The offer must be to convert to either full-time employment (where the casual has worked the equivalent of full-time hours) or part-time employment consistent with the casual’s regular pattern of hours (where the casual has worked the equivalent of part-time hours).

For small businesses (less than 15 employees) casuals can request to convert, but there is no obligation on the employer to proactively offer conversion.

The new law also contains complex “transitional” provisions regarding obligations that employers must take within the first 6 months of the amendments coming into effect, including assessing whether all existing casual employees are entitled to be offered permanent employment and notifying them of the result of the assessment. We are currently analysing exactly how these requirements operate and will provide further guidance shortly.


New Casual Employment Information Statement

The Bill requires the Fair Work Ombudsman to create a new Casual Employment Information Statement that is to be provided to each casual employee when they start employment with their employer.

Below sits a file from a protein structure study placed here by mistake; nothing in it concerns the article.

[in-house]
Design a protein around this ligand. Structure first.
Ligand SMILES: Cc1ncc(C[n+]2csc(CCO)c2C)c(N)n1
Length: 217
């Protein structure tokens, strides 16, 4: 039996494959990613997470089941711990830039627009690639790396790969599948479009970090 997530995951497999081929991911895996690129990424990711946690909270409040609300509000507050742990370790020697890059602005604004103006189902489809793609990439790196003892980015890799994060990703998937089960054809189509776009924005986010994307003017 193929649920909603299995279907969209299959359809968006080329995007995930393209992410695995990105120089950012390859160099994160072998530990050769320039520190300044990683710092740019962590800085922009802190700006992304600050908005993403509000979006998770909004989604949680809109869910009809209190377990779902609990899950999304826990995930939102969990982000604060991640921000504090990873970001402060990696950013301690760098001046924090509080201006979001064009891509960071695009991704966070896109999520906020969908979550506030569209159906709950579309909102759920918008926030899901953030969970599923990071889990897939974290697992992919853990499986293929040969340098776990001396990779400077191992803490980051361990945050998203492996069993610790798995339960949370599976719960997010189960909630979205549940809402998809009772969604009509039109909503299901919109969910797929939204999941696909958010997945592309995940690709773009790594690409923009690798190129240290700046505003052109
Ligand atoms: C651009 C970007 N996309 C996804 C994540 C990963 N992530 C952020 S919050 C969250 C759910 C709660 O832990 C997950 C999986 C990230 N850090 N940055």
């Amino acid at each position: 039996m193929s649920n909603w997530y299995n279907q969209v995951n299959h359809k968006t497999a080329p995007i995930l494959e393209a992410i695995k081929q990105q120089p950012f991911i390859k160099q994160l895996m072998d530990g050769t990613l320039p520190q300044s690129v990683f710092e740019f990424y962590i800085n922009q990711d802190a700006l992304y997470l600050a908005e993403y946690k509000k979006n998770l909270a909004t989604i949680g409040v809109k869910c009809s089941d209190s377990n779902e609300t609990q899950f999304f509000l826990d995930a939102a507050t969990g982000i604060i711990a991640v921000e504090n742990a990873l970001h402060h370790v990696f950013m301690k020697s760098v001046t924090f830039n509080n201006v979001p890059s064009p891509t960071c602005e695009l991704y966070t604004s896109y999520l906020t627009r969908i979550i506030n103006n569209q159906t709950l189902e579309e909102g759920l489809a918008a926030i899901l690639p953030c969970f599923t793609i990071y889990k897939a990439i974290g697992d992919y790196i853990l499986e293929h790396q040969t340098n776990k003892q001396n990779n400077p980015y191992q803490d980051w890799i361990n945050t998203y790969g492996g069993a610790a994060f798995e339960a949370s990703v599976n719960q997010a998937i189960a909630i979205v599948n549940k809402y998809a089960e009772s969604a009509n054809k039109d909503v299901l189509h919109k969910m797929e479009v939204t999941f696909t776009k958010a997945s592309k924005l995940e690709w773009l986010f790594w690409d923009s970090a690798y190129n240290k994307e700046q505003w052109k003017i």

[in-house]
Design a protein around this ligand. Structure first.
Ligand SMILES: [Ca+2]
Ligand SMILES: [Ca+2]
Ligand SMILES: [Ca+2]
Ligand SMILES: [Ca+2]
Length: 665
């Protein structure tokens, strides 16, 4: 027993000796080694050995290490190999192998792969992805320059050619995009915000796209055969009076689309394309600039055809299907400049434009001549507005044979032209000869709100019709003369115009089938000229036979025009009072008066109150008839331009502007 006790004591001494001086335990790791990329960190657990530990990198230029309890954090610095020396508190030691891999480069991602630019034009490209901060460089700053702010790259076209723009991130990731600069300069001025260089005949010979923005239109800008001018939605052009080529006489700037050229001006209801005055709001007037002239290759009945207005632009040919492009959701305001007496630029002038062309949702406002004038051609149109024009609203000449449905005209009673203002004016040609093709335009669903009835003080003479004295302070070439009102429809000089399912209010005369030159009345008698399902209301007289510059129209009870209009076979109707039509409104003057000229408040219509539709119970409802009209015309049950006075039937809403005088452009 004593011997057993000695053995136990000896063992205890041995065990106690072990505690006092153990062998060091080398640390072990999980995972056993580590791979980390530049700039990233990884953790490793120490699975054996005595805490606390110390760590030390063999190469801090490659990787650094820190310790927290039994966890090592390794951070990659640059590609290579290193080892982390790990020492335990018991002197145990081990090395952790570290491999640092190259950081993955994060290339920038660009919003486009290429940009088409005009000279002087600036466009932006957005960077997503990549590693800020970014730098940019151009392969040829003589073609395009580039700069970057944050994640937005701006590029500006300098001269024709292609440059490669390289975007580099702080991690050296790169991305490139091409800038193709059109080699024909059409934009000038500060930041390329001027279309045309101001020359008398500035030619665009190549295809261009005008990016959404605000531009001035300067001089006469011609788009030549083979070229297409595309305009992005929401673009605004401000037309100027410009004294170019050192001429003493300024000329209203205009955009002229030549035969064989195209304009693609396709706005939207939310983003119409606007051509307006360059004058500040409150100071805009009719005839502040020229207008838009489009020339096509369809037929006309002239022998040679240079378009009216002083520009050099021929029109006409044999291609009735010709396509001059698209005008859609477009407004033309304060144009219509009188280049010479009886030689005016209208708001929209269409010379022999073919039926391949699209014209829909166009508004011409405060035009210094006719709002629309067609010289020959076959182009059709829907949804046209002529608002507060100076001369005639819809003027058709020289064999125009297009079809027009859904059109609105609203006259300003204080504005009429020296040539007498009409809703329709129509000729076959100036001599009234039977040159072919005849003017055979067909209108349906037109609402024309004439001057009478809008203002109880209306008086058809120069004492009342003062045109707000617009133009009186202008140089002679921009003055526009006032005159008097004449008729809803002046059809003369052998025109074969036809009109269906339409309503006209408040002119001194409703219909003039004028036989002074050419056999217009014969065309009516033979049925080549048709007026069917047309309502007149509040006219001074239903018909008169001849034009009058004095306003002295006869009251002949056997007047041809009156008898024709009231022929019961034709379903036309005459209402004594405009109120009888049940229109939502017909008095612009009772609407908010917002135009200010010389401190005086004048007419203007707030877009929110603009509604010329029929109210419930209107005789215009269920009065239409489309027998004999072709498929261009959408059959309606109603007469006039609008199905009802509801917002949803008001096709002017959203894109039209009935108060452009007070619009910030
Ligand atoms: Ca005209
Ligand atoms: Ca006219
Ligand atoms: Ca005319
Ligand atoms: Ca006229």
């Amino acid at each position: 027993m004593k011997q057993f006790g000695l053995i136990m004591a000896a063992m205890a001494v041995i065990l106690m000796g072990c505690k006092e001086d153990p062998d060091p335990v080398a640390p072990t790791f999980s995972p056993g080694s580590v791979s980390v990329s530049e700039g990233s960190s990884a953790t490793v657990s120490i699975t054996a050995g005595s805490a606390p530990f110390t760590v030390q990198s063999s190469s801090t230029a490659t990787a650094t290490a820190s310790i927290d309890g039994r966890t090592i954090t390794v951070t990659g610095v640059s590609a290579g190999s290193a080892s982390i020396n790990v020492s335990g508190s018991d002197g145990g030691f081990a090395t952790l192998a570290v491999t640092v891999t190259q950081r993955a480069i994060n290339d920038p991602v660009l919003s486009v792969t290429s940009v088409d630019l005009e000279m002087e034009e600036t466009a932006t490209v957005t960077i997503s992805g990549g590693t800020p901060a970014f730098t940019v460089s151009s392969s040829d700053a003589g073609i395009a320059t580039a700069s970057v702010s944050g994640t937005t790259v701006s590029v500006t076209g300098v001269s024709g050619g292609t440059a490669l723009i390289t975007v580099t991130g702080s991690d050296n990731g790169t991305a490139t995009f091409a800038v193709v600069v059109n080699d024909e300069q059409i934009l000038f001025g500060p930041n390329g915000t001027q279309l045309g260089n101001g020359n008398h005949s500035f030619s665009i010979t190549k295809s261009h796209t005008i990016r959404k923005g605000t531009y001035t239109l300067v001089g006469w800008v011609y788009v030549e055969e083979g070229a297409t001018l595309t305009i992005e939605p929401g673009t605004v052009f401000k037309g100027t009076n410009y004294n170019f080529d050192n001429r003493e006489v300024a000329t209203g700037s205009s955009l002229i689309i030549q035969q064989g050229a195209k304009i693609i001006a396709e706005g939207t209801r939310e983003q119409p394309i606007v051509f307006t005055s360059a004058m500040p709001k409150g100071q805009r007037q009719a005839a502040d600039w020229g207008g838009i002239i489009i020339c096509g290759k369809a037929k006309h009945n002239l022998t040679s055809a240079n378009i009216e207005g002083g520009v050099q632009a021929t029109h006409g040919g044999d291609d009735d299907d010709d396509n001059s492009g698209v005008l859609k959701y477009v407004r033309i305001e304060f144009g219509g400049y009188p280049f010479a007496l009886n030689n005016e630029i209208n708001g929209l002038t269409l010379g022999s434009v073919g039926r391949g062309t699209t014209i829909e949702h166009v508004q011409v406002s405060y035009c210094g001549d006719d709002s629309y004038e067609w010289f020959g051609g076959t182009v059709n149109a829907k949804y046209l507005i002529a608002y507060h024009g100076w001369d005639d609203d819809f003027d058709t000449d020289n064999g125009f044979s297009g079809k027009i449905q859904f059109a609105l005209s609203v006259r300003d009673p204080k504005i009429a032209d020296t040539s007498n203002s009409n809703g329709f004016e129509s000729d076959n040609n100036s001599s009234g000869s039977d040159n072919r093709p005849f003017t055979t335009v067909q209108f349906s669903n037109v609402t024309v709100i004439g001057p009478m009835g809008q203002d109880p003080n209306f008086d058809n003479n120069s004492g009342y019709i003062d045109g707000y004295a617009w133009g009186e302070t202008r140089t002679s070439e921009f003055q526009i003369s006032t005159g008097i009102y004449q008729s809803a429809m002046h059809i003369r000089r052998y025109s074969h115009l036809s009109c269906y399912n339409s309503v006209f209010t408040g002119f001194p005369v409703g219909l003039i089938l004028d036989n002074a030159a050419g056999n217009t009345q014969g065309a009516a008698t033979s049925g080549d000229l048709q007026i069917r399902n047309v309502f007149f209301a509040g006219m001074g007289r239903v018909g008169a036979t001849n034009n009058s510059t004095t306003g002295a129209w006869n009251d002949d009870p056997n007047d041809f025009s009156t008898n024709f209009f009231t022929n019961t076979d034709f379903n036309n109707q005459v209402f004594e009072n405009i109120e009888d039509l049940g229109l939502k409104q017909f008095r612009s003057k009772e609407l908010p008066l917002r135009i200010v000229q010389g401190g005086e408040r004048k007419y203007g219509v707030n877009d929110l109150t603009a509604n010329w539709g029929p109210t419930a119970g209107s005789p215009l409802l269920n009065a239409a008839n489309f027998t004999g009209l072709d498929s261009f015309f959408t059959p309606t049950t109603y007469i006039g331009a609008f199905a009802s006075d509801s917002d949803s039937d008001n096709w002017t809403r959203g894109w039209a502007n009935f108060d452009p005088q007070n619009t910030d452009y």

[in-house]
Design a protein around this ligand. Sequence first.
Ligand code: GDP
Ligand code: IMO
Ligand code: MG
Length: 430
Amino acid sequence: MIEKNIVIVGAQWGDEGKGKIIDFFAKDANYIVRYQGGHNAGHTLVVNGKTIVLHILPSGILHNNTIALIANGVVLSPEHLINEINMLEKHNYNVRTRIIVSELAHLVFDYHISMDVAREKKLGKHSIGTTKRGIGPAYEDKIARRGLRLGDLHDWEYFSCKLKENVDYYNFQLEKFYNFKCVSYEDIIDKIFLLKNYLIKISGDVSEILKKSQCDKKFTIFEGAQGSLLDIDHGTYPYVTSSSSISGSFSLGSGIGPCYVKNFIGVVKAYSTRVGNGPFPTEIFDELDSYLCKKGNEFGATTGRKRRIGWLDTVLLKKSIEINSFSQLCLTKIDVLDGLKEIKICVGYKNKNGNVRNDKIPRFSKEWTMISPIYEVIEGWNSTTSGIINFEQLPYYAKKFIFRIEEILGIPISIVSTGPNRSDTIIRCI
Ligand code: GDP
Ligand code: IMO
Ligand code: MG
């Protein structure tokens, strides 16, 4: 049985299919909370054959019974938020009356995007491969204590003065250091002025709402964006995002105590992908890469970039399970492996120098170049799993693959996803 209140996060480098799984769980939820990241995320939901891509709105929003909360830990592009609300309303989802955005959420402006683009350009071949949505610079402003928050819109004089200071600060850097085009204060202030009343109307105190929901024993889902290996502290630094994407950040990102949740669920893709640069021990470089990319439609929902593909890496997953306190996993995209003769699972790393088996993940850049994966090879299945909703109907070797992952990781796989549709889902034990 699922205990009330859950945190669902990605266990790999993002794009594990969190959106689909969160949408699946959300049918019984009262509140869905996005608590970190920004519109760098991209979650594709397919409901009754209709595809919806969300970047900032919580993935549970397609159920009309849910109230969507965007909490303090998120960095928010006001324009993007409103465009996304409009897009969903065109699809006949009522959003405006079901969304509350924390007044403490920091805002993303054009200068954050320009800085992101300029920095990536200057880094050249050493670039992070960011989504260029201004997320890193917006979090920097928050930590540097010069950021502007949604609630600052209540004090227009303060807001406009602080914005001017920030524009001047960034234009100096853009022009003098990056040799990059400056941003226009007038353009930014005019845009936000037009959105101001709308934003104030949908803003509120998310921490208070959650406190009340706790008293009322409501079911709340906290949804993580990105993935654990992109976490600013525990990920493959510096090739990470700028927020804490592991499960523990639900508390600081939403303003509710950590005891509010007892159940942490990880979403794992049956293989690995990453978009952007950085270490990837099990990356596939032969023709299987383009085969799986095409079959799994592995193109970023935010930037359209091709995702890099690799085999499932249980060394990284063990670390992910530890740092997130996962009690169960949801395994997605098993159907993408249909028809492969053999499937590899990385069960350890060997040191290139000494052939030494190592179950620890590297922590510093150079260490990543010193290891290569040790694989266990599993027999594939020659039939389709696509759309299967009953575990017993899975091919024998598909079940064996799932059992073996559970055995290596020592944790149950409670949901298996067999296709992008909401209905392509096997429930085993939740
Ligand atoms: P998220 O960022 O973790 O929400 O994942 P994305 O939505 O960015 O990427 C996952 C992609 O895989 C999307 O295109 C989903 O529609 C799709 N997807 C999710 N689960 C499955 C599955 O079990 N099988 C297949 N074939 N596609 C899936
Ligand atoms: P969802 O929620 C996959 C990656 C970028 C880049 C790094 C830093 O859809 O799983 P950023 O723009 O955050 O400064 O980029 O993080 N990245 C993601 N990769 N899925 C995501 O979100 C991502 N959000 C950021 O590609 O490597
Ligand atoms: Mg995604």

Employers will therefore need to provide both the usual Fair Work Information Statement and the new Casual Employment Information Statement to new casual employees.

Employers have to give every new casual employee a Casual Employment Information Statement before, or as soon as possible after, they start their new job.

Small business employers (those with less than 15 employees) need to give their existing casual employees a copy of the Statement as soon as possible after 27 March 2021. Other employers have to give their existing casual employees a copy of the Statement as soon as possible after 27 September 2021.

Download the Casual Employment Information Statement (PDF 178.1KB)  (DOCX 50.1KB).


Casual double-dipping rules fixed

Where an employee is engaged as a casual but it is later determined they are in reality a permanent employee, employers will be able to offset any casual loading paid to employees against any permanent entitlements that arise (eg annual leave, etc).